by Marlon Madden
Barbados’ latest multi-million dollar investor in the agriculture sector has identified new talent acquisition as a major challenge.
In addition, owner of Haymans Farm in St Peter, Charles Gagnon, said it was about time that residents and authorities take the issue of littering and illegal dumping more seriously, especially if Barbados wanted to pride itself as an “upscale” tourism destination.
Gagnon’s concern came following the clearing of over 400 acres of plantation land which he purchased last year to carry out a wide-scale farming project, an investment that is estimated to be over $10 million.
He told Today’s BUSINESS he was able to remove some 50 truckloads of garbage from the sprawling land space, which included several household items.
Insisting that something should be done about illegal dumping and littering, Gagnon said “there needs to be more than lip service to this, there needs to be action”.
“Since we have purchased the property I saw some freshly dumped garbage and we are like 10 minutes way from the official dump . . . it is unfortunate. I think mentality has to change.
“I know there are fines here for littering here but you need to catch the person. You would need to have a policeman every 200 meters and that is impossible,” he said, adding that while praedial larceny was an issue he was “more upset with littering”.
“I am really disappointed that people are throwing so much out their car windows and I find that if you are a country that is built on tourism among other things, and you want to attract upscale tourism you don’t want to have litter all over the place.
“So I think larceny is an issue but littering is something that doesn’t put food on your table and it can really be avoided. We pay a lot of people to pick it up. I would rather have the people who pick up the litter to come and work at the farm,” he said.
The businessman told Today’s BUSINESS that recruiting farmers over the past few months has proven to be a challenge, and he believed it stemmed from people considering farming a demeaning task.
“One of the challenges I have had is that it has not been that simple to hire people to work on the farm. It looks like people here are not too enthused about working on farms. That is a little unfortunate. We have a lot more success in recruiting people for our office jobs than for the farm jobs,” he stated.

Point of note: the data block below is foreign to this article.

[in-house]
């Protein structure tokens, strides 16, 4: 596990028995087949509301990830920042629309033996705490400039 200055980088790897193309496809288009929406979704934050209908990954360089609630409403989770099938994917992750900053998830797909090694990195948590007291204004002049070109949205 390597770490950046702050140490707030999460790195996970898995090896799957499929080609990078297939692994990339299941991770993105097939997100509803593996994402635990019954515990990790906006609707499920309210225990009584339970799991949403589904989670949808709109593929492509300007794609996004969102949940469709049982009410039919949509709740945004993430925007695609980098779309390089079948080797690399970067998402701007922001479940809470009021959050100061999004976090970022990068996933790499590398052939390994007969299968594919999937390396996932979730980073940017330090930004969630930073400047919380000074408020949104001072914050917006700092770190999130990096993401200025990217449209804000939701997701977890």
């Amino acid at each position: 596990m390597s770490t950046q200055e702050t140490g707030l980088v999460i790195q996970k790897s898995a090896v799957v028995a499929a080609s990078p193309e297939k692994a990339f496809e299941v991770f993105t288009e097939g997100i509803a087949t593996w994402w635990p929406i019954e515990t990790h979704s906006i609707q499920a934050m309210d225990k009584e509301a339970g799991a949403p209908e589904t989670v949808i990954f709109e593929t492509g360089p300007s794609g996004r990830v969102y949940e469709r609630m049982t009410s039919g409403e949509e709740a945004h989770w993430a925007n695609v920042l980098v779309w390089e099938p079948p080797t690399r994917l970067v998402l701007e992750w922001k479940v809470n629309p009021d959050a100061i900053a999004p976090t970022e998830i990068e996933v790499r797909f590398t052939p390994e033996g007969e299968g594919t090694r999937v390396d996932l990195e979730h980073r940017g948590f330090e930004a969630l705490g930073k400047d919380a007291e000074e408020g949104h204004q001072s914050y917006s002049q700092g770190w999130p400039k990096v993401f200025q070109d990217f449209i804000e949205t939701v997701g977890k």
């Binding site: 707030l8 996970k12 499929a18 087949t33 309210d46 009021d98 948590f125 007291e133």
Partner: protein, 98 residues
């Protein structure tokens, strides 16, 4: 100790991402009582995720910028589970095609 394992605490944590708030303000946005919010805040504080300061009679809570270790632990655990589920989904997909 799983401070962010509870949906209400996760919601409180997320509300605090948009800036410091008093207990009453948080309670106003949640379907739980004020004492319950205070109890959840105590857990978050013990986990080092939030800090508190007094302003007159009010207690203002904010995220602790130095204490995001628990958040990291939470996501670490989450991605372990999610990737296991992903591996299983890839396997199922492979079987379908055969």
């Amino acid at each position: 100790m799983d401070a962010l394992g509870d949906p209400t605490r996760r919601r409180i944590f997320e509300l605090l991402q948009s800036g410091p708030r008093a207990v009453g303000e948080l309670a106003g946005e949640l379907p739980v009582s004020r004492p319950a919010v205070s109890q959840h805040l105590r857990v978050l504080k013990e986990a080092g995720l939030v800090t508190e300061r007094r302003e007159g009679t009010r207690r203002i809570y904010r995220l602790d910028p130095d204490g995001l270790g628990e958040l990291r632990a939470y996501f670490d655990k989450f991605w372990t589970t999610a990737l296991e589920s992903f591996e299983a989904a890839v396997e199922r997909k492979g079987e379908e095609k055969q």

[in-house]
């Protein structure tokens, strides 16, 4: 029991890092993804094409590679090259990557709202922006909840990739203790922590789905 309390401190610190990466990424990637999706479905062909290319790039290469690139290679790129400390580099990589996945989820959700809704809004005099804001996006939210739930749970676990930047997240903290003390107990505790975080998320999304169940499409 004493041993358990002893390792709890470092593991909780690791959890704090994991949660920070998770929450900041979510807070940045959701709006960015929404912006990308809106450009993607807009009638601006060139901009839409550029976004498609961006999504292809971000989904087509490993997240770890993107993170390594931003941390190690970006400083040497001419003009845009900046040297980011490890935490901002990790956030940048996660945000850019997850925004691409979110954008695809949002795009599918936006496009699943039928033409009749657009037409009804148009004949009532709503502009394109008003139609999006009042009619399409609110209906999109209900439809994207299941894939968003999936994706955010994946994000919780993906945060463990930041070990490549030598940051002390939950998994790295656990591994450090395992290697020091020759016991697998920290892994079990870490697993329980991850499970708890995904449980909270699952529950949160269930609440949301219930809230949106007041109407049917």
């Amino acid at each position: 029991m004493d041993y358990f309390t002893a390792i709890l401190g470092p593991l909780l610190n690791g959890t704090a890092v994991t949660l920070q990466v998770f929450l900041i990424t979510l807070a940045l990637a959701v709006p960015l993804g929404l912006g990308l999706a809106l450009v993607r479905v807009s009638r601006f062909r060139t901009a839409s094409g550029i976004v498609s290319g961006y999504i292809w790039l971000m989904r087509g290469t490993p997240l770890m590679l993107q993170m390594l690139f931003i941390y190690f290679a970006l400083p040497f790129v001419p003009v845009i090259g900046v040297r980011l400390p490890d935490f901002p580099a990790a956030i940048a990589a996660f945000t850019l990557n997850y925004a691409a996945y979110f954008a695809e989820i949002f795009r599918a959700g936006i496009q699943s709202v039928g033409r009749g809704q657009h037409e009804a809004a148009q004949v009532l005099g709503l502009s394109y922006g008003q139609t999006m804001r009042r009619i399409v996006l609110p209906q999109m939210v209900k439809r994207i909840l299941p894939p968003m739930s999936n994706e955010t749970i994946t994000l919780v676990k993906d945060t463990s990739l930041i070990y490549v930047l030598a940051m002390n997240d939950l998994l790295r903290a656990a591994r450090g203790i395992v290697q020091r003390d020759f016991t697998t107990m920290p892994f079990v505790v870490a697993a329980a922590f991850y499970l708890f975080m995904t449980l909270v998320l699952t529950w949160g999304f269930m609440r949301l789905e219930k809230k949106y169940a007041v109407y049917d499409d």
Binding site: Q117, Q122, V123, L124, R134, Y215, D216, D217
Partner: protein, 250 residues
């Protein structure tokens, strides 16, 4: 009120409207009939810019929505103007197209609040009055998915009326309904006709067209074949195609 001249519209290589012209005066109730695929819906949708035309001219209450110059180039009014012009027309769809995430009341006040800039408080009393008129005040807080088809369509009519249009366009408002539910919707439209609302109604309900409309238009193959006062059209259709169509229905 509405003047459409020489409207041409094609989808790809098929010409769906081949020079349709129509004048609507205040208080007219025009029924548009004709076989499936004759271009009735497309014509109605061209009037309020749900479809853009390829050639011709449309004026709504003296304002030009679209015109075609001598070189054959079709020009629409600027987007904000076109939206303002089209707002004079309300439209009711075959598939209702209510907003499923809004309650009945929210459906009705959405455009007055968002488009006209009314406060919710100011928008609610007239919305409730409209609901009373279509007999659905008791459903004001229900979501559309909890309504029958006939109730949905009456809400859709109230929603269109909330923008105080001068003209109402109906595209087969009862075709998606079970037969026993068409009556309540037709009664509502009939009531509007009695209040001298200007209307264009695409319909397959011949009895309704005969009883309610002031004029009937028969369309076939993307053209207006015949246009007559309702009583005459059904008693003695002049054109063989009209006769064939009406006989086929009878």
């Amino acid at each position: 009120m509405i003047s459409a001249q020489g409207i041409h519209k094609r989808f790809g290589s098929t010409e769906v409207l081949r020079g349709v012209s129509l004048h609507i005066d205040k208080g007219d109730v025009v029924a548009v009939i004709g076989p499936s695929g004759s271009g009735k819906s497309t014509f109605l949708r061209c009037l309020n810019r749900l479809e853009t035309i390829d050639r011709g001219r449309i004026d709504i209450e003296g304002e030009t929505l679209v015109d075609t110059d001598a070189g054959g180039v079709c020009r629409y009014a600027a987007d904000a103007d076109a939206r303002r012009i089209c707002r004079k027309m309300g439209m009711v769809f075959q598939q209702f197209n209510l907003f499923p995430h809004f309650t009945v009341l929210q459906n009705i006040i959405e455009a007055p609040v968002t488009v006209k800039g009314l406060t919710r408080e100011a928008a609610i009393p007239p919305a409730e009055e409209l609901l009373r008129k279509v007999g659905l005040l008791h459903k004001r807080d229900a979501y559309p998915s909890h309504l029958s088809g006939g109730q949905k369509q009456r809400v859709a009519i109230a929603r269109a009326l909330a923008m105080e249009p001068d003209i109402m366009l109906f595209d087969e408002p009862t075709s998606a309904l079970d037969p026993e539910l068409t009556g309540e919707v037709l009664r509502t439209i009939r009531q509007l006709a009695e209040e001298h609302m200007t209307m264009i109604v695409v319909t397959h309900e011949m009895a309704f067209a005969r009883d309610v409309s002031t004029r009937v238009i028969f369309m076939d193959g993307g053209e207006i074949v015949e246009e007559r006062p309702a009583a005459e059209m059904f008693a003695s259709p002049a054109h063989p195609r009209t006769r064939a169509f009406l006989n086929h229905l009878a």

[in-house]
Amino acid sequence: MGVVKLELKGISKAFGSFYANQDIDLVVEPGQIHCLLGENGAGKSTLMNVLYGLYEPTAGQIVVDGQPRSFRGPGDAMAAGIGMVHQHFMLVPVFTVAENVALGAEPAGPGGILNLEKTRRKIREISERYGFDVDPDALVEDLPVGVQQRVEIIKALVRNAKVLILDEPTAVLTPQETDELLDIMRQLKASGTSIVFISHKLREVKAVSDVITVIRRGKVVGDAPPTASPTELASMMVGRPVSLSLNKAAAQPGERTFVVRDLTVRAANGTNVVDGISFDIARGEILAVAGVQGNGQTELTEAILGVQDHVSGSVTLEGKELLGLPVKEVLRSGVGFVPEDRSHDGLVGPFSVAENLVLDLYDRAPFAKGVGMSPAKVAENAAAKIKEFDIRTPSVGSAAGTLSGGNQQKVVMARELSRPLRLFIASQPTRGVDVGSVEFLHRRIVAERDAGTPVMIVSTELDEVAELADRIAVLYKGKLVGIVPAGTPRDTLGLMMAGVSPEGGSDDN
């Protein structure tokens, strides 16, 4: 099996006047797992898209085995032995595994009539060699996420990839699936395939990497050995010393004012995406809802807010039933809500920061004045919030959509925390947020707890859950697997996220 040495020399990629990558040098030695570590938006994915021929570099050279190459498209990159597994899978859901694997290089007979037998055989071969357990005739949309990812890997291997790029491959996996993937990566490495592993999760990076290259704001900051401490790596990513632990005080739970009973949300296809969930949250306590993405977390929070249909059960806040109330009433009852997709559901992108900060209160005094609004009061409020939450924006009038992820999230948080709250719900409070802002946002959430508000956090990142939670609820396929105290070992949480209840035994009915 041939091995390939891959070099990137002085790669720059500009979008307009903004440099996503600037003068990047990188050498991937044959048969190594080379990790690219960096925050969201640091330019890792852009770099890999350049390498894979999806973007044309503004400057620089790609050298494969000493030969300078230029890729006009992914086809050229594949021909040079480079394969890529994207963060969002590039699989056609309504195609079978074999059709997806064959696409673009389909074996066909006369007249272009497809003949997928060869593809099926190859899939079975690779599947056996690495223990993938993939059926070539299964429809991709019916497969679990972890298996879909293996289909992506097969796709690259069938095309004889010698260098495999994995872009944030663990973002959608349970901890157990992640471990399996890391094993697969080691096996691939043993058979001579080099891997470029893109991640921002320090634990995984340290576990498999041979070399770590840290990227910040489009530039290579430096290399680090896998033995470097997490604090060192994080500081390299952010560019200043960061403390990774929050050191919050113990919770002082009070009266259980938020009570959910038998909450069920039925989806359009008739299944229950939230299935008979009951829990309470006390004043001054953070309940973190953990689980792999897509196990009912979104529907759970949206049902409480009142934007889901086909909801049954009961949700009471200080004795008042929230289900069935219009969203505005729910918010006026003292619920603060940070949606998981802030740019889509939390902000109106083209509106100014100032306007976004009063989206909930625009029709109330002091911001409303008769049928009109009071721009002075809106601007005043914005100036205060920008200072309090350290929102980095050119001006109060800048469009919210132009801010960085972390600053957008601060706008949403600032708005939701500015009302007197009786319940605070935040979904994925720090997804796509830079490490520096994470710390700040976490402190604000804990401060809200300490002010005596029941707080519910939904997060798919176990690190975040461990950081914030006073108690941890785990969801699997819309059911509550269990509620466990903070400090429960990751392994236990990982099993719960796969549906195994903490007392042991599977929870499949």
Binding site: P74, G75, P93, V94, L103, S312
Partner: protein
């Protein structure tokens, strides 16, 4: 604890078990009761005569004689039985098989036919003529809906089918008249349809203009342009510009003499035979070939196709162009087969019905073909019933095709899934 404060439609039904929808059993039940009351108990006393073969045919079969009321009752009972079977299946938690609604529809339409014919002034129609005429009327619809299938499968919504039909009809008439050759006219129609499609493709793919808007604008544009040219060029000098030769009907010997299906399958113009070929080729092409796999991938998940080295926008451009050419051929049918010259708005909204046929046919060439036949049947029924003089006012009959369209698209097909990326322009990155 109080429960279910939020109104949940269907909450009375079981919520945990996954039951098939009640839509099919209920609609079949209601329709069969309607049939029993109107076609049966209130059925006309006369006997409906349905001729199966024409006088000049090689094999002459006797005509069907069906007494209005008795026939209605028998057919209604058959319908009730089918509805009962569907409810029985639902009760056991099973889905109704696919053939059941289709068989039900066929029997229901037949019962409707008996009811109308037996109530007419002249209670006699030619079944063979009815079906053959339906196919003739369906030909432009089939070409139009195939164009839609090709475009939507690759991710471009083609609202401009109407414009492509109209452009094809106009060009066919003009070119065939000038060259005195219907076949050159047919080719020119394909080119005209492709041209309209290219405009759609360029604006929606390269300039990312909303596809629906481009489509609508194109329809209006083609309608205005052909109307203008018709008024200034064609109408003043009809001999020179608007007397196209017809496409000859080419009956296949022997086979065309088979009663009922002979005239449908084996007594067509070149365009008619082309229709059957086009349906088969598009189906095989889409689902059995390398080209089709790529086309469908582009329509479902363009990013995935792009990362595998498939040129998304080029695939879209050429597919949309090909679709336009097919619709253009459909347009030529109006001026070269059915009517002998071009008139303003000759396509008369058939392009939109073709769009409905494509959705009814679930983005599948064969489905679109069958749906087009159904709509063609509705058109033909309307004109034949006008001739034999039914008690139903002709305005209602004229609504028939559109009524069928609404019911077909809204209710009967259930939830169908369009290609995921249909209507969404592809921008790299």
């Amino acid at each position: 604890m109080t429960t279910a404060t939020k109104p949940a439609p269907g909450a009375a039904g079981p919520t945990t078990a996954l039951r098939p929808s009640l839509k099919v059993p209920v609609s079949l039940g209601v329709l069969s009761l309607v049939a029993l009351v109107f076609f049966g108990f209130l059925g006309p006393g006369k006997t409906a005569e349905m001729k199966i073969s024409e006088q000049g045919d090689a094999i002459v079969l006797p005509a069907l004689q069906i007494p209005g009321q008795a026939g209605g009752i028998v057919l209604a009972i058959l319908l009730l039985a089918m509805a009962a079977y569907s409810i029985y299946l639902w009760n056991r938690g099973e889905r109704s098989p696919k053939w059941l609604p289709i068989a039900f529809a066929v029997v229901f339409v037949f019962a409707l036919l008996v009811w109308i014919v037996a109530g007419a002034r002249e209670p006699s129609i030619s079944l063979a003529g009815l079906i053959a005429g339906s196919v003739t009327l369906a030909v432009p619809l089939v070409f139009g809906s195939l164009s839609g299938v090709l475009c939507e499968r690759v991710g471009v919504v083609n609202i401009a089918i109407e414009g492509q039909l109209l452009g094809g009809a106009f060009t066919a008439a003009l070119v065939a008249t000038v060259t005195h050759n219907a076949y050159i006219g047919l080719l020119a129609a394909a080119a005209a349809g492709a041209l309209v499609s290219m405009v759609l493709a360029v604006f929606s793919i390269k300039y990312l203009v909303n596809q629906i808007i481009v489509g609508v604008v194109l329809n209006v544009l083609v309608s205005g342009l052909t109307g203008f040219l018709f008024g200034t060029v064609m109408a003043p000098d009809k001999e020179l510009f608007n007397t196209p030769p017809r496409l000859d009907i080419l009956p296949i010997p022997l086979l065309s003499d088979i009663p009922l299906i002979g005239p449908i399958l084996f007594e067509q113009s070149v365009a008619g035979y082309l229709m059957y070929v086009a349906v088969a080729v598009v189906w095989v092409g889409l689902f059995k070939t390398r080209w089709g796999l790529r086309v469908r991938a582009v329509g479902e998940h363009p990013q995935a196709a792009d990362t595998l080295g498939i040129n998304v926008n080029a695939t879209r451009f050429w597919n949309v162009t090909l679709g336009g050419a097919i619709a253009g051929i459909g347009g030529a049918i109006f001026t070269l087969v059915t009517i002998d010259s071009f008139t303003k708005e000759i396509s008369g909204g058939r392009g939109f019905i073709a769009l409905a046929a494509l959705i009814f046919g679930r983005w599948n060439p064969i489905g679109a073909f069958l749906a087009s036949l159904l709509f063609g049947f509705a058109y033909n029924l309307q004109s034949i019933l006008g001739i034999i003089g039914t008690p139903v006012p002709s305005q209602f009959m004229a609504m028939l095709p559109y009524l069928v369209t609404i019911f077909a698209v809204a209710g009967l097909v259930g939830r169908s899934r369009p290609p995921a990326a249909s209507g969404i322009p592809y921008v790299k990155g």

“I think that farming was put down too much. I think that people who are involved in farming should get better consideration from the population. I think it would help. There are people who truly love farming but they need to be motivated. If the community looks down on them as being in demeaning jobs that is not good,” he said.
Gagnon, a trained lawyer and founder of the Amphora Financial Group, said he decided to enter the agriculture space simply because he wanted to help Barbados reduce its food import bill by offering a wider variety of fruits and vegetables, and drive down costs.
While the majority of the farm will be used for the production of hay, Gagnon said he will be experimenting with some tropical fruits and vegetables that are not yet grown here to see how well they do so they can be introduced into the local market.
He is also considering solar power generation and said at some point he may also get involved in marijuana production as Barbados builds out its medical cannabis industry.
Gagnon’s wish is that Barbados produces more of the food it consumes at more affordable rates. Also, he wants authorities to incentivize those in the industry and encourage farmers to set up their own source of water supply “such as irrigation ponds”.
“Also, don’t try to tax them too heavily. There is already a rebate system for land tax here which is a very good culture,” he said.
Additionally, Gagnon told Today’s BUSINESS that he believed if the country was able to eliminate the importation of fruits and vegetables that grow well in Barbados “it would be a huge leap forward”.
“I think it would be good if the government would encourage locally grown food first, not at a higher price but basically putting the onus on people who want to import to show that there is no locally grown equivalent within the same price range – show to me that you can import much cheaper or that there is nothing locally grown – I think if this was a requirement it would really help the local agriculture here” he explained.